Antibiotic-resistant bacteria kill 1.2 million a year — more than HIV/AIDS : Goats and Soda A new report in The Lancet finds that in 2019, antibiotic-resistant bacteria killed 1.2 million people — more than were killed by malaria or HIV/AIDS. The problem is mounting in lower-income nations.

Why humans are losing the race against superbugs

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As bad as it is, COVID-19 is far from the only illness that's worrying public health officials. Drug-resistant infections are now killing more than a million people a year around the world as antibiotic-resistant strains of bacteria continue to emerge. That's the conclusion of a report released just last week. The study finds that low- and middle-income countries are particularly hard hit by the rise in antibiotic resistance.

NPR's global health correspondent Jason Beaubien is with us to shed some light on this. Jason, thanks so much for joining us.

JASON BEAUBIEN, BYLINE: Oh, it's great to be with you.

MARTIN: So tell us about this study. What was it looking at, and what did it find?

BEAUBIEN: So this was one of the first attempts to get a solid handle on what's happening with antibiotic resistance globally. Researchers at the Institute for Health Metrics and Evaluation at the University of Washington - they gathered data from 204 countries on both what the degree of antibiotics resistance is that they're finding out there and what the impact of this rising resistance is on people's health. And what they found - it was pretty sobering.

CHRIS MURRAY: That resistance out there is actually now one of the leading causes of death in the world.

BEAUBIEN: That's Chris Murray. He's one of the lead authors of the study. And they found that these antibiotic-resistant bacterial infections, you know, sometimes called superbugs, are now directly responsible for 1.2 million deaths per year, which is more people than are killed each year by HIV or malaria.

MARTIN: When you talk about people dying from bacterial infections, can you just tell us what specific illnesses are you talking about?

BEAUBIEN: What's kind of amazing about this is that the problem is sort of happening all over the place. It's patients in intensive care units who get a staph infection. It's women with urinary tract infections. It's new, untreatable cases of pneumonia, blood infections, you know, even cuts and scrapes that get infected. In the past, a doctor could have just prescribed some antibiotics to get these things under control. Those are now becoming resistant to bacteria. You know, they're finding that the usual treatments - say, penicillin or doxycycline - it just has no effect, and then they try a second-line antibiotic. And what's concerning is now a significant number of bacterial infections - they can't be controlled even with those second-line antibiotics. In fact, there are some bacteria that are emerging that doctors say they simply have no treatment for at all.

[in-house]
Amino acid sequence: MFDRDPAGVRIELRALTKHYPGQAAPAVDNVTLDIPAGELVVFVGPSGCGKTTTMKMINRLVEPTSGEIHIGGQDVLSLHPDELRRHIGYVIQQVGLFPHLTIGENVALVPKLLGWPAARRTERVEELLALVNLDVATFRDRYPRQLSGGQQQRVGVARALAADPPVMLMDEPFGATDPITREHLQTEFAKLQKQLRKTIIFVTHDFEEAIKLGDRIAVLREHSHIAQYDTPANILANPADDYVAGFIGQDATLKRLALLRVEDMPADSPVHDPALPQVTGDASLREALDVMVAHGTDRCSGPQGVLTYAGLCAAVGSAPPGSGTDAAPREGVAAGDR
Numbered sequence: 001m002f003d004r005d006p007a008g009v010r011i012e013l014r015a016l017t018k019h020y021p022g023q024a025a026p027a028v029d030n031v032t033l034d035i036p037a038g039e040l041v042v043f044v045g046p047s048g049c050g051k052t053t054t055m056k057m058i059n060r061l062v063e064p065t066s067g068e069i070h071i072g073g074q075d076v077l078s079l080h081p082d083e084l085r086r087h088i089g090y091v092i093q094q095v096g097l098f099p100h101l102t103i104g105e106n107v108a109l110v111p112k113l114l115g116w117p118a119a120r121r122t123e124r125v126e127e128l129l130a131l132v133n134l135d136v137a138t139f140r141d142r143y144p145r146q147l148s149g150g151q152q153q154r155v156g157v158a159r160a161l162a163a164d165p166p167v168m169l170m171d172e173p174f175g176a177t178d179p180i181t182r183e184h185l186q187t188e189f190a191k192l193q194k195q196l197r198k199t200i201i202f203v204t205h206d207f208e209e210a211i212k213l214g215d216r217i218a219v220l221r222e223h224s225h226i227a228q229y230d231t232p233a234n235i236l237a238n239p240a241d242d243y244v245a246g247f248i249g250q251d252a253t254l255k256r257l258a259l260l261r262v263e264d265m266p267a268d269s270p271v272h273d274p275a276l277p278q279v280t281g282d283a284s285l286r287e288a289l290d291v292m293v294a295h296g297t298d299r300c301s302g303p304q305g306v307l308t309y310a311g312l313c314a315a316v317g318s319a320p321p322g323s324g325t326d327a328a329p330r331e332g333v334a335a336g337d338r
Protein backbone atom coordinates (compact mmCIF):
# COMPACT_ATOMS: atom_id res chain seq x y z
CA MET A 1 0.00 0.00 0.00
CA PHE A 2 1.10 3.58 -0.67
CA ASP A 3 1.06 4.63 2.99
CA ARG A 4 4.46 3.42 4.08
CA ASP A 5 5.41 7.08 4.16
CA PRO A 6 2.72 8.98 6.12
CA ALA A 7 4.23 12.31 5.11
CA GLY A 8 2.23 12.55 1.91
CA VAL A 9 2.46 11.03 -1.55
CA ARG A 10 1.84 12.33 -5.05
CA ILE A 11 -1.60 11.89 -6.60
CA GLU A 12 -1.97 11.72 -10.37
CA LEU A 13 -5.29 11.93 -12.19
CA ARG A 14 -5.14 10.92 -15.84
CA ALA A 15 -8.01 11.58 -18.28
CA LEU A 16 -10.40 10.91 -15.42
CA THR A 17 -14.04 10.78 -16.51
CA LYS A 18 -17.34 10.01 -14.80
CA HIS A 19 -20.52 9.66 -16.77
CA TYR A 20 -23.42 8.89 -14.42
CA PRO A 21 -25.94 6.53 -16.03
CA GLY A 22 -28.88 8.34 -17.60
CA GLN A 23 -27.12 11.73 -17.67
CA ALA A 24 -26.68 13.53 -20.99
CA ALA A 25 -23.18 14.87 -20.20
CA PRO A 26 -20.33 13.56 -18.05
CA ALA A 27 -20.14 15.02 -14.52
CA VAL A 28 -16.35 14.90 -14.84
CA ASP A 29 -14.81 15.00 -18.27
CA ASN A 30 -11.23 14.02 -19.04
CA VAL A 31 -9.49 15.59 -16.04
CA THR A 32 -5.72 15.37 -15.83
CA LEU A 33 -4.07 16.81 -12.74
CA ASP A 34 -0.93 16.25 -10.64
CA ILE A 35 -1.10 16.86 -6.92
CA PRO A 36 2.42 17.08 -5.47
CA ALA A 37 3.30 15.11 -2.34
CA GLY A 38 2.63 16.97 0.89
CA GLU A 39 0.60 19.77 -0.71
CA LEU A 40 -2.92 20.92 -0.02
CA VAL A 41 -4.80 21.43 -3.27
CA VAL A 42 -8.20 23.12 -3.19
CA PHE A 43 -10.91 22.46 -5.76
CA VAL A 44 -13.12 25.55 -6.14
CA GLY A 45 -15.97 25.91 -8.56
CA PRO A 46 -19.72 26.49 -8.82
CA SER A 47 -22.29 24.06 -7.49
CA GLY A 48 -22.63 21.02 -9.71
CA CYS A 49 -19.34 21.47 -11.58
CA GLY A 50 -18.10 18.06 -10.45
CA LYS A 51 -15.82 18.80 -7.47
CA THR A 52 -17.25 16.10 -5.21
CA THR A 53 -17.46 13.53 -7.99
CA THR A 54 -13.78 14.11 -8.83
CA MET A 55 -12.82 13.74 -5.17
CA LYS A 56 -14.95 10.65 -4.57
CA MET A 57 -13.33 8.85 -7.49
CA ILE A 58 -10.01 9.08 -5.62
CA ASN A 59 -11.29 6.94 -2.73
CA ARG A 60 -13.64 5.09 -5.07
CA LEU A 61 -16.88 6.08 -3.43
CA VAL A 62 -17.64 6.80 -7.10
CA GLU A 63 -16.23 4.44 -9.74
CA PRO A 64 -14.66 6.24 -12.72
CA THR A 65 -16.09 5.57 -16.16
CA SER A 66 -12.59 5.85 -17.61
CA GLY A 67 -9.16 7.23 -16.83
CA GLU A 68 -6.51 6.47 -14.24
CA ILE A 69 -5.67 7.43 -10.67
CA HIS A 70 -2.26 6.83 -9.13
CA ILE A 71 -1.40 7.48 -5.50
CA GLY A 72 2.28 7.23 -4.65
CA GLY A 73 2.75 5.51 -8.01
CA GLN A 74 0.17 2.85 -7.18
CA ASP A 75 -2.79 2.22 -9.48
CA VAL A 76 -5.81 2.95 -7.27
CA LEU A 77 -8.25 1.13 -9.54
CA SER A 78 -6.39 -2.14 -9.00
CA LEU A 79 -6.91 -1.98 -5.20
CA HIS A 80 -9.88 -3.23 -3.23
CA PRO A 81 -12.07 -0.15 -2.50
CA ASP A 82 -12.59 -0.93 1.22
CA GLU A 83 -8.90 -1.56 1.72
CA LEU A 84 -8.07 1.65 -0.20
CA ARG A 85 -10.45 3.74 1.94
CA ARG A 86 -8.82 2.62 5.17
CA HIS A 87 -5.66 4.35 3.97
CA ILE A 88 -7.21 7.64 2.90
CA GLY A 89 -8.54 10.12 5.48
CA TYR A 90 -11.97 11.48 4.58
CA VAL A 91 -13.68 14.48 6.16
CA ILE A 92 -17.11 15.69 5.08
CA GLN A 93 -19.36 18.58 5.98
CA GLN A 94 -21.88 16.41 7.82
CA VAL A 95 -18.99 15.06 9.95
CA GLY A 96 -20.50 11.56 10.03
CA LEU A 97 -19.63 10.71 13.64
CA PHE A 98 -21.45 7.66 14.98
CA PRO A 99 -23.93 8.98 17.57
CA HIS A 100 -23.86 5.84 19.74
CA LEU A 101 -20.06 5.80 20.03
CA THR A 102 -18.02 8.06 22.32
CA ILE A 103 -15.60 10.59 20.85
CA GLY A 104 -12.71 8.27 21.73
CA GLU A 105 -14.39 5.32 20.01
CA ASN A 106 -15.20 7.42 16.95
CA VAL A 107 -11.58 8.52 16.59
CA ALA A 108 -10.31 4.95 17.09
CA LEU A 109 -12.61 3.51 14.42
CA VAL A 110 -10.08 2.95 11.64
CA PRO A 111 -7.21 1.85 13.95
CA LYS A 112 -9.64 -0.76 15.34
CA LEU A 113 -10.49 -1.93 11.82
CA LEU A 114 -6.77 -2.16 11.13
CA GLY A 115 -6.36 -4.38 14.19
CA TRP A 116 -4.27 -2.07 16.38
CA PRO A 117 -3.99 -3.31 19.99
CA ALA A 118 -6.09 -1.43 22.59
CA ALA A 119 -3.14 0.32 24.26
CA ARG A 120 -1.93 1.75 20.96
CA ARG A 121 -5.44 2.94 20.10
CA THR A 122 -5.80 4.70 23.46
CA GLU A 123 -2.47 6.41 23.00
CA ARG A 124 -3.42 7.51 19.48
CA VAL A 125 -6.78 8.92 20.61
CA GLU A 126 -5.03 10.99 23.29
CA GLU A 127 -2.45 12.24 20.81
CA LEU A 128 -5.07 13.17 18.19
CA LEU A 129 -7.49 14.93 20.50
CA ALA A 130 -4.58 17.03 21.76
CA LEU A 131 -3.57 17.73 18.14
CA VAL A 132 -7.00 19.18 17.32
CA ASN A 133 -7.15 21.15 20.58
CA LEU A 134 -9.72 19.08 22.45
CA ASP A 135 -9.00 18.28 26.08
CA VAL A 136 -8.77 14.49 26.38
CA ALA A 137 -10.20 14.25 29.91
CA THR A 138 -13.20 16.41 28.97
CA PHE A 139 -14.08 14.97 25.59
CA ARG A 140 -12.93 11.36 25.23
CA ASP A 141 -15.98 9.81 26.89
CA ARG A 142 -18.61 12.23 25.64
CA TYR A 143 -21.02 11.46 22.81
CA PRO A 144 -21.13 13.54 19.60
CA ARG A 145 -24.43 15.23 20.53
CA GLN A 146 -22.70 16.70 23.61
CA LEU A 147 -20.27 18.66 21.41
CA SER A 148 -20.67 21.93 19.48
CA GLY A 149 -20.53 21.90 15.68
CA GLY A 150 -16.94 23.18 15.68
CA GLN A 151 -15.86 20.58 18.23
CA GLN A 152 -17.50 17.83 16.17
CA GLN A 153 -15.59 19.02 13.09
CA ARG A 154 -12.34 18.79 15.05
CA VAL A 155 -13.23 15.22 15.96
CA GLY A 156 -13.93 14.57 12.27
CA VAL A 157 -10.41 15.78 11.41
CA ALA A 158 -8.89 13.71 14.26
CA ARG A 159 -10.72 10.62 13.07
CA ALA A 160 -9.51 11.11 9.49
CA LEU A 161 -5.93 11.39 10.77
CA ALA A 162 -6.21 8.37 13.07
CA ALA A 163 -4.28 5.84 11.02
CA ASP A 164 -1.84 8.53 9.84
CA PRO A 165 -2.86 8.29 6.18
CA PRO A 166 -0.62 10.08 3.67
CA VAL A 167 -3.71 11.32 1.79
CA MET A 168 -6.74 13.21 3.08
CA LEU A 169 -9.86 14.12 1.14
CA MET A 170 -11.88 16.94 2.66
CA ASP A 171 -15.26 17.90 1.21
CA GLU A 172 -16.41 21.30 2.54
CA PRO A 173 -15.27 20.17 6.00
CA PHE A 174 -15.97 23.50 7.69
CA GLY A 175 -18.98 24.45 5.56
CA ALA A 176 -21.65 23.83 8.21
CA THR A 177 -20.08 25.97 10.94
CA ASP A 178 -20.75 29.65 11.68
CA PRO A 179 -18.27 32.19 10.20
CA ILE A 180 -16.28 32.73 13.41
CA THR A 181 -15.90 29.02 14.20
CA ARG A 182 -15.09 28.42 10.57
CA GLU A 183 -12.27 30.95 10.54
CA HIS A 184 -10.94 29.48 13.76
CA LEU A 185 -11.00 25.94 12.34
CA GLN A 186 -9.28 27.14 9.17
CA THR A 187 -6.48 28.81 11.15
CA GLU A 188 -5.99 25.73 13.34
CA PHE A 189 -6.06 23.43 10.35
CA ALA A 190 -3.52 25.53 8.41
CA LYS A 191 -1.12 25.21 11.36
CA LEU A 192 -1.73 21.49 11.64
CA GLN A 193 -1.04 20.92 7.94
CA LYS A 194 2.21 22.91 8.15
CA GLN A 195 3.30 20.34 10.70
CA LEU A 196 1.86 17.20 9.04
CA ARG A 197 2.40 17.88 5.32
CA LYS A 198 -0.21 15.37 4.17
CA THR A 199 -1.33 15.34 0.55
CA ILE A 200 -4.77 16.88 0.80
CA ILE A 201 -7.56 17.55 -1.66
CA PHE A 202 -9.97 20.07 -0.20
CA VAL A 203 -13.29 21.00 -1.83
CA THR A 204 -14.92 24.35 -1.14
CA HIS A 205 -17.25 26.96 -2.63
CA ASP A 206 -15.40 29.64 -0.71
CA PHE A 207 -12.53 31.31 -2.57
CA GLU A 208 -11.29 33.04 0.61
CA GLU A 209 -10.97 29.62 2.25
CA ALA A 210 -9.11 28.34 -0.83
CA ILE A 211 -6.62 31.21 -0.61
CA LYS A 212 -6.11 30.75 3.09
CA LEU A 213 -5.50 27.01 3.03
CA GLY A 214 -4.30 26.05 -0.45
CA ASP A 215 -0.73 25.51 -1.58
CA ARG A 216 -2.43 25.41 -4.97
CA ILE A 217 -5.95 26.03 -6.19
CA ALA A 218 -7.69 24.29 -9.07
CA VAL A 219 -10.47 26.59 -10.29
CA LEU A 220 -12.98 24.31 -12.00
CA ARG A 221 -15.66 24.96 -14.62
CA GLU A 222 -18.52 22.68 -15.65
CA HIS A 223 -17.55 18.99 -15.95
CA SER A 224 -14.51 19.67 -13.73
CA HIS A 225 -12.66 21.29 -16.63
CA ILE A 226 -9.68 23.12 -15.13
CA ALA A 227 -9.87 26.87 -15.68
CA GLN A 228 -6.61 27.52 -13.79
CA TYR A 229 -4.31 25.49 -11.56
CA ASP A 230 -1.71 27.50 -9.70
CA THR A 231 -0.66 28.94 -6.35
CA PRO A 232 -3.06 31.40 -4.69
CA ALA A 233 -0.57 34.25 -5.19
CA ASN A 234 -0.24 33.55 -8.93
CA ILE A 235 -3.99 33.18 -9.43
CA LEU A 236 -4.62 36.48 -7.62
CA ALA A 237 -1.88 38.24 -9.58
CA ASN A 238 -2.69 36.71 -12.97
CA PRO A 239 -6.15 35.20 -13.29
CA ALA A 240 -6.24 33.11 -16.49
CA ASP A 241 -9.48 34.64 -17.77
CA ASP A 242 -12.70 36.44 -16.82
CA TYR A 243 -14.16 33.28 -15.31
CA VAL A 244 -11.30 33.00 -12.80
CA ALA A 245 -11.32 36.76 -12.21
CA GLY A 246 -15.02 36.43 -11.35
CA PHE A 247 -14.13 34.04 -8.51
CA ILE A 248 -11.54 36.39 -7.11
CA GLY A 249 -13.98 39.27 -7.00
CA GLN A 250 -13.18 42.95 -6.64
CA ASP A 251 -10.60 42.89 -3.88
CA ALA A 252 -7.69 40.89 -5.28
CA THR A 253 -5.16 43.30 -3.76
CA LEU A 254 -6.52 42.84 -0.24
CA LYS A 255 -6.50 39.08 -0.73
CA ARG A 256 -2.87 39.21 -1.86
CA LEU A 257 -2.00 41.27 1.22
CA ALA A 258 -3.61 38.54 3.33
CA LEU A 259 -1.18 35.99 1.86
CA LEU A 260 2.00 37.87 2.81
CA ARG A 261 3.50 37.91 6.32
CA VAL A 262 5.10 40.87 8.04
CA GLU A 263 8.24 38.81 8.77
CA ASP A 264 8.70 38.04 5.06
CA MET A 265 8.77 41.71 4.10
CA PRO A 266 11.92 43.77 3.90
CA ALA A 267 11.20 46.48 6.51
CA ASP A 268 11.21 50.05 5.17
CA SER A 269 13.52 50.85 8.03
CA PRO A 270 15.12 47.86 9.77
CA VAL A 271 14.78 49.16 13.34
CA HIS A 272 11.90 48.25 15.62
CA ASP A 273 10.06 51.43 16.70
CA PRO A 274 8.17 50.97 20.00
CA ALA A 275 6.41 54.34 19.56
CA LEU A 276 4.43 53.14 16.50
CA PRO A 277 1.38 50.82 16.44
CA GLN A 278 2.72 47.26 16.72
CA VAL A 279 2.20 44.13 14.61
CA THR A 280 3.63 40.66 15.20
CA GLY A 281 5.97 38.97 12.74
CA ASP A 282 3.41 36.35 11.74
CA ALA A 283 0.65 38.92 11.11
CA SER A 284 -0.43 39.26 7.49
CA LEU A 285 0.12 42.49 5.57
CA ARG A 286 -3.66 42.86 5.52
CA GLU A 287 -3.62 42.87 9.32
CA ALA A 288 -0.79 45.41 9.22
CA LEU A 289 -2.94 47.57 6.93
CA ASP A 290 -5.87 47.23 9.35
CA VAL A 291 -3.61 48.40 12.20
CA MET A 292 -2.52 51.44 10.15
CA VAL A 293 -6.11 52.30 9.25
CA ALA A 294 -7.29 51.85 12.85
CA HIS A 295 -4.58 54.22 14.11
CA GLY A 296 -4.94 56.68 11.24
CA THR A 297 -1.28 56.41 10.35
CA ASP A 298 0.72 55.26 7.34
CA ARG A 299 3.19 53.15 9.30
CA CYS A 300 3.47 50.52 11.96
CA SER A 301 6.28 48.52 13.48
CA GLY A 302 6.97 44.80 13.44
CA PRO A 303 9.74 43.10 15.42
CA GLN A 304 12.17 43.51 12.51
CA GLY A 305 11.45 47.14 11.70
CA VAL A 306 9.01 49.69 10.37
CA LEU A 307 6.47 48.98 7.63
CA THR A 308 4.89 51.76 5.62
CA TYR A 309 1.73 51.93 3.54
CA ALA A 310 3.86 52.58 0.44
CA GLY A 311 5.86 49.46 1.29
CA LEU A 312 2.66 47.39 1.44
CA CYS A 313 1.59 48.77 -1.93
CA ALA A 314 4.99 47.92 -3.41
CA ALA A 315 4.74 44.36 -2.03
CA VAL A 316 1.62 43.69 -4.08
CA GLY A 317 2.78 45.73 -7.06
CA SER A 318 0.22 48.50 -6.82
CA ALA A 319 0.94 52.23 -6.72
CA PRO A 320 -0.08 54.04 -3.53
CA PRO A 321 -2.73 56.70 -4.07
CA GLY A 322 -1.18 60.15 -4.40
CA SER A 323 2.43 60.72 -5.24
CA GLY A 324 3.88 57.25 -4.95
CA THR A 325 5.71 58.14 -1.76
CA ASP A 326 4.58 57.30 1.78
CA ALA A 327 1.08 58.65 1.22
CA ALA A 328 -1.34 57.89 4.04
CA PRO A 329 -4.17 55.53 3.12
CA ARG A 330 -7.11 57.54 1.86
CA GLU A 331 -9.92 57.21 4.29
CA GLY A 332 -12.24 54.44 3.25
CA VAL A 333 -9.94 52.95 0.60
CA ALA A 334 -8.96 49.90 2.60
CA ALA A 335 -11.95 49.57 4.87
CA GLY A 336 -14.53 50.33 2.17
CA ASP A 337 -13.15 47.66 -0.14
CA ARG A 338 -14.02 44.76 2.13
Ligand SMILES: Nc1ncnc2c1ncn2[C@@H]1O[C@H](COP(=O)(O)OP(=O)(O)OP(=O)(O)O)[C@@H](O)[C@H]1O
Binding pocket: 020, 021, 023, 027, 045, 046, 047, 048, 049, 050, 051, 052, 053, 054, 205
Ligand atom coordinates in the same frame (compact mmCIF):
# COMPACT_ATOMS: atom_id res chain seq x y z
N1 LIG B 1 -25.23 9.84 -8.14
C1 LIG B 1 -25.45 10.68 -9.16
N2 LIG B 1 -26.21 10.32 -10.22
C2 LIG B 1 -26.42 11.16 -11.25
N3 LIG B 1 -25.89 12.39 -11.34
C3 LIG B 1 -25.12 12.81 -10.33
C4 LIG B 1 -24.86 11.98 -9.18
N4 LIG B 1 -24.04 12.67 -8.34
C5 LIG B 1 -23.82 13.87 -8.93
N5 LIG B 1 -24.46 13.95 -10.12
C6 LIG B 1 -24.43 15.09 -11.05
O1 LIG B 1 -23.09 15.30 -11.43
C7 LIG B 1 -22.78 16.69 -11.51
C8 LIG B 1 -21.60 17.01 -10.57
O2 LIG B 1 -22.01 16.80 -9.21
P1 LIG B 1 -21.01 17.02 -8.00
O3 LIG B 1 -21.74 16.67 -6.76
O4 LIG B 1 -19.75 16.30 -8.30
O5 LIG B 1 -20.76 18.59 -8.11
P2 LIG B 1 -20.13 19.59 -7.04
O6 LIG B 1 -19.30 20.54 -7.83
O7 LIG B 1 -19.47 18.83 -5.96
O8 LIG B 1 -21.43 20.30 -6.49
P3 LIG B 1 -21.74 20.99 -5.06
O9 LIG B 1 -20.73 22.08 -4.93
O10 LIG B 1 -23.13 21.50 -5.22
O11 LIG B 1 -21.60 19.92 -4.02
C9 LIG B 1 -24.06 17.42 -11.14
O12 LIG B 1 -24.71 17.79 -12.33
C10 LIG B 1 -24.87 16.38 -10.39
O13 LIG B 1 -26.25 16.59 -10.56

MARTIN: And why is this? What is driving this rise in drug-resistant bacteria?

BEAUBIEN: Well, the short answer is that the bacteria are evolving, and we aren't. Not only are we overusing antibiotics - and not just in humans but also in livestock - but we've been overusing the same antibiotics for decades. The bacteria, on the other hand, they are steadily mutating. They're evolving so that new strains are emerging. And these new strains are able to evade what used to be incredibly powerful drugs. Some of the oldest antibiotics tend to be the cheapest, which Murray says is making this problem even worse in low- or middle-income countries.

MURRAY: In the past, I think we all thought that, in some sense, you had to be rich enough to use a lot of antibiotics inappropriately to have this problem. But that's not the case.

MARTIN: So can you explain that a bit more? I mean, is the point that these less wealthy countries aren't getting access to these new antibiotics, and that's making the problem of drug resistance worse because the legacy drugs are cheaper? Is that what I'm hearing?

BEAUBIEN: That's part of the problem. But to be clear, the problem is all around the globe. You're getting drug-resistant bugs that are turning up in hospitals in Boston as well as in Bangalore. But this new study found that death rates from antibiotic-resistant infections are even worse in lower-income and middle-income countries. I talked to Fiorella Krapp Lopez. She's an infectious disease physician in Lima, Peru.

FIORELLA KRAPP LOPEZ: We do have a very high frequency of resistance to different types of antibiotics, first-line and second-line, and the problem has been increasing in the last years.

BEAUBIEN: And she said she's quite concerned that antibiotic resistance got even worse during the COVID pandemic. You know, during the worst days of the pandemic, patients were showing up at hospitals that were in crisis, where staff were frantically just trying to keep people alive. You know, and at the same time, these wards were overcrowded, and infection control of these types of pathogens was slipping.

KRAPP LOPEZ: That was just the perfect storm to have a very high transmission of these pathogens.

BEAUBIEN: So the exact extent to which COVID added to this problem of antibiotic resistance, you know, it isn't completely clear yet, neither in Peru or globally. It's going to take time to monitor for resistance. And, you know, the labs to actually do this is quite limited in some places. But Krapp says she thinks COVID definitely made drug resistance worse.

MARTIN: That is NPR global health correspondent Jason Beaubien. Jason, thank you so much.

BEAUBIEN: You're welcome, Michel.


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